Which brings us to the concern trolling point. More than once, I saw someone praising these kids for creating something that would allow people to know if they were infected (after the fact). They talked about how it was so great that people who were irresponsible would be held accountable for their ways. In reality, it is more likely that people would be less likely to use condoms if they haven’t been tested and are concerned about their status. The “we’re so concerned that people are passing on STIs knowingly” bullshit is just that. Bullshit.
BUT BECCA, PEOPLE ARE HAVING SEX. SLUTTY IRRESPONSIBLE PEOPLE ARE HAVING SEX. People still believe this shit. The concept that all people who have STIs are irresponsible or promiscuous is gross. There are many people who contracted an STI without knowing and some who contracted herpes or other viruses through their parents. There are a lot of reasons why someone might have an STI, and a lot of reasons why someone might not know about it. On the other hand, plenty of irresponsible people go their entire lives without getting an STI. Hell, they might not ever be exposed to one. (I’m not even going to go into the slut shaming that accompanies STI stigma, because that’s a post in and of itself.)
But this kind of thinking is dangerous. This kind of thinking leads people to avoid seeking medical treatment, because they’re ashamed if their tests come back positive. This sort of thinking helps people to believe that all STIs have noticeable symptoms when that is not the case. This sort of thinking leads us to saying things like our STI panel comes back “clean”. By that logic, if you don’t have a “clean” STI panel, you have a “dirty” one.
You want to know what keeps the people who have STIs from telling their partners? You want to know how the infections spread through sexual activity? Shame. Shame spreads the infection. Being ashamed to tell a partner because people will believe that you’re “irresponsible”. Being ashamed to tell a partner because your sex life will be completely ruined, because instead of being “risk aware” with sexual partners, we ostracize people with STIs. It’s the same reason why people are ashamed to get tested to begin with, because we as a culture have created a stigma around testing and STIs. Rather than an unfortunate accident much like sharing a cold, or a flu [which is viral like herpes or HPV or HIV] we tell people that have STI tests done that they are “clean”, and that people who have positive STI results are “dirty” or “dangerous” or “slutty” or “irresponsible”.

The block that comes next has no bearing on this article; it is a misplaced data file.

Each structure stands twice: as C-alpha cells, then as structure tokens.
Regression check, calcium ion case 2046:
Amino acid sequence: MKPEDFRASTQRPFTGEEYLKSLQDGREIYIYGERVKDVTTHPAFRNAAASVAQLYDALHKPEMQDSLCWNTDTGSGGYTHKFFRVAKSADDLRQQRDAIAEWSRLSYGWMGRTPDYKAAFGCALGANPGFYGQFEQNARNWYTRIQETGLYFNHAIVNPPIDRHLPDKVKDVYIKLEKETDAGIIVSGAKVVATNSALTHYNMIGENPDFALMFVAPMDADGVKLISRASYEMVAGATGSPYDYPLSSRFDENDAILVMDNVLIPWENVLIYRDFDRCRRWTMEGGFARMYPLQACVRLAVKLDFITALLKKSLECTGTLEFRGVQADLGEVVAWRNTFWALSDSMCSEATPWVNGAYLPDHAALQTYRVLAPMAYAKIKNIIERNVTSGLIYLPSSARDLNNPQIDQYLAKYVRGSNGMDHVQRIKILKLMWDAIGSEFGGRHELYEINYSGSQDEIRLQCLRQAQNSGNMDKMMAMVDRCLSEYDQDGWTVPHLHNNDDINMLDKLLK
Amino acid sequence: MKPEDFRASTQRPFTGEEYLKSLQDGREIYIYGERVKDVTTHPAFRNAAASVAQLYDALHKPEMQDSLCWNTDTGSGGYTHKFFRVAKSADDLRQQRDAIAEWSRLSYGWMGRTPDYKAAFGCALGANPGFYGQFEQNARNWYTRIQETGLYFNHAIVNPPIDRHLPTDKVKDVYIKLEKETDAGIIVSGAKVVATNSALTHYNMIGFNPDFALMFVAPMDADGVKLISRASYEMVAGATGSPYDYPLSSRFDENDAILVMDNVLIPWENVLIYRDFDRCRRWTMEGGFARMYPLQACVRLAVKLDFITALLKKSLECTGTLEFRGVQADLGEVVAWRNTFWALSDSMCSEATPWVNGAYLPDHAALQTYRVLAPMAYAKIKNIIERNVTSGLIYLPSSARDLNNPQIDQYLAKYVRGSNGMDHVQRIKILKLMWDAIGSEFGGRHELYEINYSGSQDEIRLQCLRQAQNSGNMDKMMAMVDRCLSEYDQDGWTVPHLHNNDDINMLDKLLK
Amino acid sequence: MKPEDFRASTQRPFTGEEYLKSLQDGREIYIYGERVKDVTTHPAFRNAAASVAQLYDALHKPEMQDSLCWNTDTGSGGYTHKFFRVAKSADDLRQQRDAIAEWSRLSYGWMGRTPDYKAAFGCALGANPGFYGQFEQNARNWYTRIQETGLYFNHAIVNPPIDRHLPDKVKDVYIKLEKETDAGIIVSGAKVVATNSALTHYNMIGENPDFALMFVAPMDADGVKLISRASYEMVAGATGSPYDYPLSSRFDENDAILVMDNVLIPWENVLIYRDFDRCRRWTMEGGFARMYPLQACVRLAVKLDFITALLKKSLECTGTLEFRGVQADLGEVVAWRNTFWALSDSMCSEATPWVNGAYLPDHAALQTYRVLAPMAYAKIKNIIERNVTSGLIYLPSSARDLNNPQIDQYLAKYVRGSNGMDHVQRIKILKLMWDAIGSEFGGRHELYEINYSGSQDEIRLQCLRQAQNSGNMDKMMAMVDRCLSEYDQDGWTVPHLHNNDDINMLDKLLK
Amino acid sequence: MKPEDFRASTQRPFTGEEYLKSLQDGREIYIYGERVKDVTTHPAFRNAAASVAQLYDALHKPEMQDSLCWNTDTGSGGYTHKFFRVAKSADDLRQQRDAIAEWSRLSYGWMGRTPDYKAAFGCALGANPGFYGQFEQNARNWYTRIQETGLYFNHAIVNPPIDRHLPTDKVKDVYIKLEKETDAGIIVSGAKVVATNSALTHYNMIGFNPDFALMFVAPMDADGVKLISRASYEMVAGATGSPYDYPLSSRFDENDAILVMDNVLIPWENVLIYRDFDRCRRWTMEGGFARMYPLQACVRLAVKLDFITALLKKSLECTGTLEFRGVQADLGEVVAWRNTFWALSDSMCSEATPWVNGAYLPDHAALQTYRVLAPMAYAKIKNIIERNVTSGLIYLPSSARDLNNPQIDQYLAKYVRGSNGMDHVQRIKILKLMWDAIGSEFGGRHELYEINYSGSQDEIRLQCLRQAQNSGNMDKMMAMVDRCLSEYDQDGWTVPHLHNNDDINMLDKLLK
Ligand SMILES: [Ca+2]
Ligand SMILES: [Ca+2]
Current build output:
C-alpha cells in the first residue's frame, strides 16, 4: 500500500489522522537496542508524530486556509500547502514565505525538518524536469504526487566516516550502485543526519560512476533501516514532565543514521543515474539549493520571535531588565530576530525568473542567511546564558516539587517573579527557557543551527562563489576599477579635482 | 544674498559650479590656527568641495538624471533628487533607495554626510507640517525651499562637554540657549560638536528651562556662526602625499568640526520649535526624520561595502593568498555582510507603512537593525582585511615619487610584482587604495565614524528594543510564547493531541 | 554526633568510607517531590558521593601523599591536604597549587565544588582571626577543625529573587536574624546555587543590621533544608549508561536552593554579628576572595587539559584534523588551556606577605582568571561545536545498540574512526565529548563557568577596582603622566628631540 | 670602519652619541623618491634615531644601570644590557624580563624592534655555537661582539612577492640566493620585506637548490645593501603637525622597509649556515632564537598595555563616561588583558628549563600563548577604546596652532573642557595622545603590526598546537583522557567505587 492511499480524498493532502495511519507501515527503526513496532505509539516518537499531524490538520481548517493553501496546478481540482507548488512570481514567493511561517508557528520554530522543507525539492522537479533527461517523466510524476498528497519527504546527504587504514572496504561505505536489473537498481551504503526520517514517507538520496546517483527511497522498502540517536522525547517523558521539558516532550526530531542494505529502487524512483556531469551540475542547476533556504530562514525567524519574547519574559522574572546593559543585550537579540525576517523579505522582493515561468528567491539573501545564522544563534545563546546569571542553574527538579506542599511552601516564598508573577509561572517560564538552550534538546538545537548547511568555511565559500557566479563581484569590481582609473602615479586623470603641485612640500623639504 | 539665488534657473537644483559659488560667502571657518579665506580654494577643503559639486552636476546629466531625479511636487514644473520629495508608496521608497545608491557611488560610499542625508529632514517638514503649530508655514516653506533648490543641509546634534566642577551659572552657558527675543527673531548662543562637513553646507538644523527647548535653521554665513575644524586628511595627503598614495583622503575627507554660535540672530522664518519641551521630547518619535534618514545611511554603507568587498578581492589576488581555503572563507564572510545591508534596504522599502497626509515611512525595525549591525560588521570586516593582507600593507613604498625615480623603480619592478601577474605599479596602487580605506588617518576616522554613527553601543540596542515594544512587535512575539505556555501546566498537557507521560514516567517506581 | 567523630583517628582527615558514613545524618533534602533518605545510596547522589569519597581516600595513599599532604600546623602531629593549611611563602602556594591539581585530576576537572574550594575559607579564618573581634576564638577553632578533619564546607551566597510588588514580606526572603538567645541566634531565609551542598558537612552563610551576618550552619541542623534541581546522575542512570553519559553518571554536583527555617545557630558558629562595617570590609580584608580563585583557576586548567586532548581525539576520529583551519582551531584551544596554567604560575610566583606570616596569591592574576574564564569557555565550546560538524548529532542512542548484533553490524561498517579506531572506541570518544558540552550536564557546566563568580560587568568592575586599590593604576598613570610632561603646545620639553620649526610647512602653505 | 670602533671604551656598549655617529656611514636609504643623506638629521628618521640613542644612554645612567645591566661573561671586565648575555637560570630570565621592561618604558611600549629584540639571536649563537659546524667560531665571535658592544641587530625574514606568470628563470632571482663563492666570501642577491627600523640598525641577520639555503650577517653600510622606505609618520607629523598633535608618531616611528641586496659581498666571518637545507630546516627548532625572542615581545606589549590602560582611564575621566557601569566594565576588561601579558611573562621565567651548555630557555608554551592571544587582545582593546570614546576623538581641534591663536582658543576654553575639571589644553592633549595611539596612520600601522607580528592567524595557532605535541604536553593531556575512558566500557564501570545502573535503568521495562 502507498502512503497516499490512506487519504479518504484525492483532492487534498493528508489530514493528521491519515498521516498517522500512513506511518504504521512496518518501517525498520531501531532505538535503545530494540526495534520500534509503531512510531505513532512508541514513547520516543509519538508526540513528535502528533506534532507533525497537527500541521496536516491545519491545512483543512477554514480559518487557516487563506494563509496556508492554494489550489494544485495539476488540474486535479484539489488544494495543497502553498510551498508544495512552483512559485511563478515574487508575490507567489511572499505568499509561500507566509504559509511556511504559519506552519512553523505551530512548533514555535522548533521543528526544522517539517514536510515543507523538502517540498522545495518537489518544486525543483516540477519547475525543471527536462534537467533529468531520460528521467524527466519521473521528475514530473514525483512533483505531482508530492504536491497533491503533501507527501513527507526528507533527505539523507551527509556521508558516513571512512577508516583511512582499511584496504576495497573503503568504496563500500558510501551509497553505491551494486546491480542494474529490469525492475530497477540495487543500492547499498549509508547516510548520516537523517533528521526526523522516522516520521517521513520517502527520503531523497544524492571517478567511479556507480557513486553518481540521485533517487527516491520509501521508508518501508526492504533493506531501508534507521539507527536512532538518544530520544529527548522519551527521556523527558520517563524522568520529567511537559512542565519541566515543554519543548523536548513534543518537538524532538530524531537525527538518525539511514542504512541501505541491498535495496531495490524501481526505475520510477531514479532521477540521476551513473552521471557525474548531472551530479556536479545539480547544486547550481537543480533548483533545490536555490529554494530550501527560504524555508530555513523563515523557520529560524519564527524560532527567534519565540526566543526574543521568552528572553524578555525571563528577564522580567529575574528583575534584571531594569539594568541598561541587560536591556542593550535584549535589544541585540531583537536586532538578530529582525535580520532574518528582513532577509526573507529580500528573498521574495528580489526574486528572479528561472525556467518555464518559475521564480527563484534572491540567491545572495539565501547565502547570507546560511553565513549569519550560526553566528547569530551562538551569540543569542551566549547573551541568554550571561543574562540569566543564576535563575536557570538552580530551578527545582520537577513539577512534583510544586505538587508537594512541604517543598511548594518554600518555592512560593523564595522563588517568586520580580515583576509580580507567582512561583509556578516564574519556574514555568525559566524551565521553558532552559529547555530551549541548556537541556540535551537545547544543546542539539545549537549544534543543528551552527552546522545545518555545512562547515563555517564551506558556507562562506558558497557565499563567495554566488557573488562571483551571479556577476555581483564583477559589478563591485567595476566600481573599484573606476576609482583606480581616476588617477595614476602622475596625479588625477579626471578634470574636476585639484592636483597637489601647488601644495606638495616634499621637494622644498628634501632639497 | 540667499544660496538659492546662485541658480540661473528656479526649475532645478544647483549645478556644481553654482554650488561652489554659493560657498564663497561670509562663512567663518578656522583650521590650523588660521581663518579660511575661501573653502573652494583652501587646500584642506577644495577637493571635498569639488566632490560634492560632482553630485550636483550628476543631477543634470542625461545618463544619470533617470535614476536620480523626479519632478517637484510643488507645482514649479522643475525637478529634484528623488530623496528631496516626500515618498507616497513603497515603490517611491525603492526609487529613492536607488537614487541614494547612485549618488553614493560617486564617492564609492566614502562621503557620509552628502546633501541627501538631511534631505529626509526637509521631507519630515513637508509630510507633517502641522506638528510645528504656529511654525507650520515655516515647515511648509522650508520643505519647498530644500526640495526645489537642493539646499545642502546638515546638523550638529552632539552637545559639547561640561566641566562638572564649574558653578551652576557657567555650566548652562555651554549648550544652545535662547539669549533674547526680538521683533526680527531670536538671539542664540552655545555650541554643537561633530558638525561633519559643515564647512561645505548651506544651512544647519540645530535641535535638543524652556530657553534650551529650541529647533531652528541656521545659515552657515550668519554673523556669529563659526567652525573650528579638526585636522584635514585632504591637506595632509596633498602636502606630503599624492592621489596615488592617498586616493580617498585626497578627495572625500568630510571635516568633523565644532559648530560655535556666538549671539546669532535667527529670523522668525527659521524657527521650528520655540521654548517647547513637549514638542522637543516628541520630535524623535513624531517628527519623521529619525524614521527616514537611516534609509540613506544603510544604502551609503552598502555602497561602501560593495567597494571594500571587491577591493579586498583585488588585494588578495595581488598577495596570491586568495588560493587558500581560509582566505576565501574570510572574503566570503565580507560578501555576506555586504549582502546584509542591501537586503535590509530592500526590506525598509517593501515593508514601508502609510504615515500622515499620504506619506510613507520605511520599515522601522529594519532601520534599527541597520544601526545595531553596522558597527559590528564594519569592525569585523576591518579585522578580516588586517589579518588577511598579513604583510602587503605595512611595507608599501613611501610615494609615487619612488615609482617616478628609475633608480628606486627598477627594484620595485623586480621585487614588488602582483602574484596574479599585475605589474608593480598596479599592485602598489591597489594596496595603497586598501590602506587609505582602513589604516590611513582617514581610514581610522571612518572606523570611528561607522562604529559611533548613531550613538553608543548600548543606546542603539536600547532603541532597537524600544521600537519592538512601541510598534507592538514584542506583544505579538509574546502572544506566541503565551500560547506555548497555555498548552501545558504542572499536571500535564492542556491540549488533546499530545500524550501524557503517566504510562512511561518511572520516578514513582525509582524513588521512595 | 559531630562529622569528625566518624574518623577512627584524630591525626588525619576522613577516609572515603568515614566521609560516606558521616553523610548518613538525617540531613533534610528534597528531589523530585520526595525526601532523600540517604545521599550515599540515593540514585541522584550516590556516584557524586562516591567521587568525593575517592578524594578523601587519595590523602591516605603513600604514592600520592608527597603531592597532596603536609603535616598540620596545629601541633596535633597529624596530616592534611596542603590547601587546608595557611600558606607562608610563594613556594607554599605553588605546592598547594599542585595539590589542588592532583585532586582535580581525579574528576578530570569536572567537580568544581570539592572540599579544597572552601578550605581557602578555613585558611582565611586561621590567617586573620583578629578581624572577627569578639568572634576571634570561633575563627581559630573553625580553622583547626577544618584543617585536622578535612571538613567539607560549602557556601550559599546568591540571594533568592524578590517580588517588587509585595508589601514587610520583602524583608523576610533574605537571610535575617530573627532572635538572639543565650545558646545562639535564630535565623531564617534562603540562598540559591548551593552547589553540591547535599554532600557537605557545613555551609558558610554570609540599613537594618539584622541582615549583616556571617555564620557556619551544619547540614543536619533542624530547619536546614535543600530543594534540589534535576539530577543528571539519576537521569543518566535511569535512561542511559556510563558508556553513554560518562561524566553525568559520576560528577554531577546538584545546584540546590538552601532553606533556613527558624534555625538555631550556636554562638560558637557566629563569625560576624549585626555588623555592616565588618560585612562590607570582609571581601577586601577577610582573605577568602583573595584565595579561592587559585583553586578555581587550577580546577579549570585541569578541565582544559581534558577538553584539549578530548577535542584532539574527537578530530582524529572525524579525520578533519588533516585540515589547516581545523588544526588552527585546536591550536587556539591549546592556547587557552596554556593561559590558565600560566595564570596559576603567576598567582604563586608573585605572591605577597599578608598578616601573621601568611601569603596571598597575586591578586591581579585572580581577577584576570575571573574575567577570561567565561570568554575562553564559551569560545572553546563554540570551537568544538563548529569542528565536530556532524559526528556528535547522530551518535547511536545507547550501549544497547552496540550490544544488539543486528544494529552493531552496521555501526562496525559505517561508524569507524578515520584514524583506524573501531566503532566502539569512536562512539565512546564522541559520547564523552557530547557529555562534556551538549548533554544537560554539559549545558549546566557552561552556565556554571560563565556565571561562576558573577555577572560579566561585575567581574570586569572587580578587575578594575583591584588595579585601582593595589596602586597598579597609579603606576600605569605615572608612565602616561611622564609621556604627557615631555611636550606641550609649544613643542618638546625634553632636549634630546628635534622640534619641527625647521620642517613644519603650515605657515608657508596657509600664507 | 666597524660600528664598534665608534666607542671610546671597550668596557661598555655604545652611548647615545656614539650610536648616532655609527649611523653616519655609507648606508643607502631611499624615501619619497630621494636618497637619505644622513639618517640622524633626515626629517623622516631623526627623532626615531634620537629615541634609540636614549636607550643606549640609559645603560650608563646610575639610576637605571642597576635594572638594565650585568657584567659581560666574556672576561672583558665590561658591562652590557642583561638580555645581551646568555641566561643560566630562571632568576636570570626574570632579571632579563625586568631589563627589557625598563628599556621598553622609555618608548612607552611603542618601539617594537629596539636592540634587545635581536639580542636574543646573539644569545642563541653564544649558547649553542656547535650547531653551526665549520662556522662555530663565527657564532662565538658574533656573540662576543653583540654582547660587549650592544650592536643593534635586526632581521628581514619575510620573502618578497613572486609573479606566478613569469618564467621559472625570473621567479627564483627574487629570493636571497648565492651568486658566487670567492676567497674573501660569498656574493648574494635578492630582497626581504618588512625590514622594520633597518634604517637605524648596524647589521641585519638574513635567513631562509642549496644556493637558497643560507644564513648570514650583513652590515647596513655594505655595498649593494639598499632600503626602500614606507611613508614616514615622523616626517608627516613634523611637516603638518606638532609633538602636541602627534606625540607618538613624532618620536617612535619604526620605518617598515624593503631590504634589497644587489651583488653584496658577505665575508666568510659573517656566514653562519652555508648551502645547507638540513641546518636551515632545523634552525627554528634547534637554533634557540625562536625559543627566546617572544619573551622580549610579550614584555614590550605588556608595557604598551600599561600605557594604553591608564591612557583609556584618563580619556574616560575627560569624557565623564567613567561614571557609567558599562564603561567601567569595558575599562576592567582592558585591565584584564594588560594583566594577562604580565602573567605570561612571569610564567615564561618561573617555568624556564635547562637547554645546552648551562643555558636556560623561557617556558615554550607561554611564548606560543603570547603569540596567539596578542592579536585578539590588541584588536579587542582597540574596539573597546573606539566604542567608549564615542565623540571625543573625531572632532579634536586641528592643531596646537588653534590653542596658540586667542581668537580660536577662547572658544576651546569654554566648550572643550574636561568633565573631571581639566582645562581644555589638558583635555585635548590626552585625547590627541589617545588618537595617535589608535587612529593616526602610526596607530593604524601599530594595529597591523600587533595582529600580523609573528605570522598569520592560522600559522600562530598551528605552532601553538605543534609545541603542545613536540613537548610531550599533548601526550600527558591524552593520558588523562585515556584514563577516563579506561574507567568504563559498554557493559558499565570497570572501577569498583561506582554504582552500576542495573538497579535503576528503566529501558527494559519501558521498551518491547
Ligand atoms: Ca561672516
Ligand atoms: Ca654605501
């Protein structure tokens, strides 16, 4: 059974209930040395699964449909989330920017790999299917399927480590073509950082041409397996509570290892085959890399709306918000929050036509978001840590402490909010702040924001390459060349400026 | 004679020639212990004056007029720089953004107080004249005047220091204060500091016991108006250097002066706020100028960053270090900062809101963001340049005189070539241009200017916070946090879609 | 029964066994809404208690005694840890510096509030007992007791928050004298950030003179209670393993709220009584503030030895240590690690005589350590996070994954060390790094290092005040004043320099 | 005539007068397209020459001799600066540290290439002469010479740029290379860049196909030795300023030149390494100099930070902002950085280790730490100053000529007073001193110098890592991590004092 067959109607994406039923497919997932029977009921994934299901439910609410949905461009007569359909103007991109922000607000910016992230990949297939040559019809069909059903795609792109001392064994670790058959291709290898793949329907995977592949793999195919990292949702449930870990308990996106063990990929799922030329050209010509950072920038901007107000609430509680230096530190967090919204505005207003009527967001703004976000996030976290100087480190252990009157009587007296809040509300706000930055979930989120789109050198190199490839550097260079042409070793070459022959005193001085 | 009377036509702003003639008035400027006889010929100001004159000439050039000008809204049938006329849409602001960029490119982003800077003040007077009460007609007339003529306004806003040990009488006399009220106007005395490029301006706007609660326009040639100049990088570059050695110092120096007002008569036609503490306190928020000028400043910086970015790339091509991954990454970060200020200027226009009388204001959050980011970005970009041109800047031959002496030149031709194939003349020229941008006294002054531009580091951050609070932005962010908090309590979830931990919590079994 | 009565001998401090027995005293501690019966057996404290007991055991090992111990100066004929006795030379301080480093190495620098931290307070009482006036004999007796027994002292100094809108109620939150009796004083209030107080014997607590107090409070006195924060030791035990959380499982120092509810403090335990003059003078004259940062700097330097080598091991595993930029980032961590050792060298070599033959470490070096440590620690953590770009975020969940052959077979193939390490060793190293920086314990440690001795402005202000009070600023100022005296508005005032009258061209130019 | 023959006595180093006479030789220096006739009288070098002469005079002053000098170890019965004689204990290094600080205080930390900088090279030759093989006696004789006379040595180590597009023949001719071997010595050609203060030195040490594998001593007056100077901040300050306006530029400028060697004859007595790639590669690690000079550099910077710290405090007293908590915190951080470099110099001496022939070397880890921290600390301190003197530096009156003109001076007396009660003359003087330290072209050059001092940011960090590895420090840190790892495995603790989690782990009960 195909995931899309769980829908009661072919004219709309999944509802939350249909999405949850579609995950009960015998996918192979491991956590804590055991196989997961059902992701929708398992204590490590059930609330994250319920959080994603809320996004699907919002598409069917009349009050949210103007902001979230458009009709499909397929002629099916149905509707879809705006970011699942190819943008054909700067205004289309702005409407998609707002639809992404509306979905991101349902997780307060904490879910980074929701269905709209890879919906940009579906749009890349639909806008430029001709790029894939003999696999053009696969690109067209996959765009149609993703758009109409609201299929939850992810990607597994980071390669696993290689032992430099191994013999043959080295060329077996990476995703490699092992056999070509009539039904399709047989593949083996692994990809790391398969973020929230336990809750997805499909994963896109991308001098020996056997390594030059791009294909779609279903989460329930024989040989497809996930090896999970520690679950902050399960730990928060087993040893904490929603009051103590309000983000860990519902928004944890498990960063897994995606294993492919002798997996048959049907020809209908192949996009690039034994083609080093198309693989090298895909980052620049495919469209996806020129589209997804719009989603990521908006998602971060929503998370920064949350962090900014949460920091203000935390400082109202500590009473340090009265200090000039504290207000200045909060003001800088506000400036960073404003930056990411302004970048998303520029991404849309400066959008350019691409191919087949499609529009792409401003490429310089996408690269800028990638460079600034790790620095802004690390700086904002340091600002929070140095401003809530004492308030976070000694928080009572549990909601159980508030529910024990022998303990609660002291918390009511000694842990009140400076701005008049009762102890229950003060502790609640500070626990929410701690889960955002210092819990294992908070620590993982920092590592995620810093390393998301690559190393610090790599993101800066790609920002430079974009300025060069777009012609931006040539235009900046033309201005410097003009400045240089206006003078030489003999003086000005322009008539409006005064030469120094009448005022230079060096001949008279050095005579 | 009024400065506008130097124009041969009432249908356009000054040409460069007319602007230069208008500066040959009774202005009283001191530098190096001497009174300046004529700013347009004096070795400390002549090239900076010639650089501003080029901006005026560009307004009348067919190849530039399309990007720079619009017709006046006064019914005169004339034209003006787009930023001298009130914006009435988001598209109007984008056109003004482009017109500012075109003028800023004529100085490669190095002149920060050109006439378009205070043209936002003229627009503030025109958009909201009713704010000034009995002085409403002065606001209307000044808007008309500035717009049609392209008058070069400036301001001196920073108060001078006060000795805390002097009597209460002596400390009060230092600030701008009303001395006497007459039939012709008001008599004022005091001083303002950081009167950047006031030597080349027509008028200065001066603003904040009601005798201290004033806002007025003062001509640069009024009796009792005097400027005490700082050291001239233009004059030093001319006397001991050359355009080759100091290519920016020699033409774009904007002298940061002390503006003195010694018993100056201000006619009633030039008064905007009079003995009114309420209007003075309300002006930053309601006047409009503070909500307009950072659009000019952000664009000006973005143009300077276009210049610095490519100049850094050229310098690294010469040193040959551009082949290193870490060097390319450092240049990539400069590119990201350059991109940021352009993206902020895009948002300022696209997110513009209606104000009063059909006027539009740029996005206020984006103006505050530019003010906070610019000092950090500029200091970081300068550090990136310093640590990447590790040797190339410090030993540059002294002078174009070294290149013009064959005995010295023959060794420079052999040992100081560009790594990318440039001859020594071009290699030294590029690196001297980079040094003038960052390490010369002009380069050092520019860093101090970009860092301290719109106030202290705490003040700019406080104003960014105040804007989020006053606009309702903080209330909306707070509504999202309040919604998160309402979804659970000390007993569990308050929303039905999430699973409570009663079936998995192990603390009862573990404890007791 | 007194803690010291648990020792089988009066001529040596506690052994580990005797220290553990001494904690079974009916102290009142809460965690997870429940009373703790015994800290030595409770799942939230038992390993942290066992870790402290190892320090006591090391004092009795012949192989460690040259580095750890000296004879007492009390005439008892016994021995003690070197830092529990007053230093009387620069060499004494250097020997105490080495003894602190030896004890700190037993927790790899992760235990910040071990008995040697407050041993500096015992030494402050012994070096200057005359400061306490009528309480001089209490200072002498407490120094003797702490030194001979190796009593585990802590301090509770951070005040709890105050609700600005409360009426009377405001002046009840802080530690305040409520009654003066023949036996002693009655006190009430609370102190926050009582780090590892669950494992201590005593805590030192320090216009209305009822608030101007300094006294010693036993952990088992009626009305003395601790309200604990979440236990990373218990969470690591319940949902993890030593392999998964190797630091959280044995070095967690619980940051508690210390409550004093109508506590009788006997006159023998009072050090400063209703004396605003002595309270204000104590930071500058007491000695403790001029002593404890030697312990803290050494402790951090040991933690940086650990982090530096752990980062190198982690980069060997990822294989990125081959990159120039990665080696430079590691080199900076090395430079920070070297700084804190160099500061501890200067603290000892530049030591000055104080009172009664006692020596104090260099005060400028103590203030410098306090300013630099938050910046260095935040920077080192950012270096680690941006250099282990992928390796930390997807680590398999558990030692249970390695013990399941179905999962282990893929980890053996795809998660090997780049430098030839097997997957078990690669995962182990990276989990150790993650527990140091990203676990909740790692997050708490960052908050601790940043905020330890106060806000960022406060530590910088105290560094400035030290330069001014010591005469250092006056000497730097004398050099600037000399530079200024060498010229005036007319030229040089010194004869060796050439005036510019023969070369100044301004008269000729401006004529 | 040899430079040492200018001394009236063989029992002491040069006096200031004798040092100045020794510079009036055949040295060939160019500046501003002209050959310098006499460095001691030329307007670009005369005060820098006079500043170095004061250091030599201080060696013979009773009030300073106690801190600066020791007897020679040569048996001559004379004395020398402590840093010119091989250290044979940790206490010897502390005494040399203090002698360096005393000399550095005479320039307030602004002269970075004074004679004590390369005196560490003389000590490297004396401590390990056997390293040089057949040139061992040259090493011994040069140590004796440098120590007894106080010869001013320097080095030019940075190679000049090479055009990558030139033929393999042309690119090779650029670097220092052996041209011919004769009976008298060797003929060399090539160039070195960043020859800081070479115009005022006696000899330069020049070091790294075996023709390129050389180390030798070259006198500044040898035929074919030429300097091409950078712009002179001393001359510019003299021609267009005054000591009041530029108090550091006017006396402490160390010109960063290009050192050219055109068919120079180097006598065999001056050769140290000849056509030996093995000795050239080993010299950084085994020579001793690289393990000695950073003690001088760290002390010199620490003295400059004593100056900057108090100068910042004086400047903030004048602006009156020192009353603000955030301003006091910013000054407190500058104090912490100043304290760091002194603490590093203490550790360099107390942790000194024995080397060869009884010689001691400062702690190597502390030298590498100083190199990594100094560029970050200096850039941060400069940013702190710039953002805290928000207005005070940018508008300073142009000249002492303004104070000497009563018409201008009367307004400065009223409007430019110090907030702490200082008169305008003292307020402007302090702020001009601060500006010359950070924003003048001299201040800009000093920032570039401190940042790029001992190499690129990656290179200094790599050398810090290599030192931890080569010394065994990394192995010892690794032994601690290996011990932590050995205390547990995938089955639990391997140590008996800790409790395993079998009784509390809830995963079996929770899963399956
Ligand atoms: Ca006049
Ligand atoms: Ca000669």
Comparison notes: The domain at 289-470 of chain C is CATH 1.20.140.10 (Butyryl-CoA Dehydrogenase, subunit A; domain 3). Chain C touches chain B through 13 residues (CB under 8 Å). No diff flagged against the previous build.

When discussing this topic, a friend of mine raised an interesting point. What are the potential ramifications in terms of partner violence. How many people might use this technology (and what exactly are the false-positive rates of said tech) and then be beaten when their partner learns that they have an STI. Other questions I have: How will this condom let you know if it’s the person penetrating or the person being penetrated who has the STI. How will this address people who are having oral sex and don’t have a penis? Or are we just pretending that oral sex on vagina-havers isn’t a thing?
In short (1000 words later haha), I’m so fucking glad that this technology doesn’t exist. The fact that people are praising the color change condoms, without thinking of the consequences, means we have so much further to go in terms of lessening STI stigma.
Until Next Time
-The Frisky Fairy